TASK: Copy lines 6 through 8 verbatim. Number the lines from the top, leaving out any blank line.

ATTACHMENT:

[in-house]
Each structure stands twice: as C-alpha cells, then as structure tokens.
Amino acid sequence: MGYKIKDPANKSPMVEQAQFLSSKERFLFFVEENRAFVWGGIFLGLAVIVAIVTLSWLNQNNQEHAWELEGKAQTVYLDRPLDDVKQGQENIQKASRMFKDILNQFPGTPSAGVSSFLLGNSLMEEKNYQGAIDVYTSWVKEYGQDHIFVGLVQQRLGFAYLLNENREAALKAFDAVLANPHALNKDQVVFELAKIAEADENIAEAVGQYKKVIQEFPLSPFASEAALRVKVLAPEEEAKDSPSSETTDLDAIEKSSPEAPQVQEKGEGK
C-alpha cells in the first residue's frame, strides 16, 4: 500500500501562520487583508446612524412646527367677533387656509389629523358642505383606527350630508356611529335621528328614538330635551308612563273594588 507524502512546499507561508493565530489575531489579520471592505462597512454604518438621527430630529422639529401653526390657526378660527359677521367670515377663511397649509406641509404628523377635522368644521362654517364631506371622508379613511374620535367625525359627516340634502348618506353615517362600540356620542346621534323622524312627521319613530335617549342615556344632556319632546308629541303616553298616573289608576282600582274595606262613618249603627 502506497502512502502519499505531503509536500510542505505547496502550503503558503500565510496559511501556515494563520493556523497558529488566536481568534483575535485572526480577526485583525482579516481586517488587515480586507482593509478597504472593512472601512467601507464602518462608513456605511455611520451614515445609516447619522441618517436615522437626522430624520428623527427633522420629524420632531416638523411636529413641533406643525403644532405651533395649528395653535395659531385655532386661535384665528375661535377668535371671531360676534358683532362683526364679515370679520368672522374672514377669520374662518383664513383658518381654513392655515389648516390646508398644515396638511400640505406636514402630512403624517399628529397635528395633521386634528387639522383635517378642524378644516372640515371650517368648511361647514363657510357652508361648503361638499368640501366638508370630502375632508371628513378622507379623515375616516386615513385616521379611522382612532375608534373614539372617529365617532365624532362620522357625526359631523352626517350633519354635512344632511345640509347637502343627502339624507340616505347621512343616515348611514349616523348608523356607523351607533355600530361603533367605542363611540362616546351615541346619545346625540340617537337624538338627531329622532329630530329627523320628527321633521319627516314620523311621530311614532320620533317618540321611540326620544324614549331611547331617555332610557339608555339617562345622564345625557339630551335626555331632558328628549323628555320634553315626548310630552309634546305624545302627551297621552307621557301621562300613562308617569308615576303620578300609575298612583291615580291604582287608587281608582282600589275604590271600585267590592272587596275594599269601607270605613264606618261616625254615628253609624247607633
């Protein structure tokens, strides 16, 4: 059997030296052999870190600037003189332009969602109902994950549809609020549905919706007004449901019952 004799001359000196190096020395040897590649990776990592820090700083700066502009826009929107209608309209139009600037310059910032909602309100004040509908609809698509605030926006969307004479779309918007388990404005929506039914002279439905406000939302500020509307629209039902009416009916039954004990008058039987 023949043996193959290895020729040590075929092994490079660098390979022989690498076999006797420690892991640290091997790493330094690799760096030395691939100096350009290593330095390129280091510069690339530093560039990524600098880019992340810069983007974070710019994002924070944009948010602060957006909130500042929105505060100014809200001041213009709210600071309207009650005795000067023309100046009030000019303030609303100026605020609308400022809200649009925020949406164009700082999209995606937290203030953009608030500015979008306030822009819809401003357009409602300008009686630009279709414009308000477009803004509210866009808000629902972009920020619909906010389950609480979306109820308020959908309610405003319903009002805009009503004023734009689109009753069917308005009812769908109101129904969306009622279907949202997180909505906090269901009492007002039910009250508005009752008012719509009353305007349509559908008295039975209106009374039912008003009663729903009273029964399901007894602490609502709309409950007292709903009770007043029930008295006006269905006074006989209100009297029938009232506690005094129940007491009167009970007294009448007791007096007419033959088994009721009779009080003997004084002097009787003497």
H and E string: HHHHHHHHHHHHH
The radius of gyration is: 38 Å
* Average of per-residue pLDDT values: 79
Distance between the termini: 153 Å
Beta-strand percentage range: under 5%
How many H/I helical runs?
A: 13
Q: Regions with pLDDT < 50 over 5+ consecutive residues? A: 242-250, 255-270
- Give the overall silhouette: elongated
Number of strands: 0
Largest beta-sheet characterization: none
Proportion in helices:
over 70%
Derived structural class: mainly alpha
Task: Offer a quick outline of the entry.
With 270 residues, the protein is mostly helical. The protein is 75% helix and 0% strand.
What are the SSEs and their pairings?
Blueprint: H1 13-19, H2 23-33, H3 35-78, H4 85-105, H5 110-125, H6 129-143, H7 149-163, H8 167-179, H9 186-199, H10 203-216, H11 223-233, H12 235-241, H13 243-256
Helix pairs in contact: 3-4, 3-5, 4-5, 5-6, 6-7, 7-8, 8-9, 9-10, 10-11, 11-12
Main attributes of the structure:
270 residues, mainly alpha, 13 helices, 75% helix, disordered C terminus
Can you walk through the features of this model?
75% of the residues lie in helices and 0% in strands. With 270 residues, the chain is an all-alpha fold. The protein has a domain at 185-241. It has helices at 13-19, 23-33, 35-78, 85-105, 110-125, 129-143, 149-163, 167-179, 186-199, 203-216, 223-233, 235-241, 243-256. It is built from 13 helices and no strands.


H and E string: HHHHHHHHHHHHH
The radius of gyration is: 38 Å
* Average of per-residue pLDDT values: 79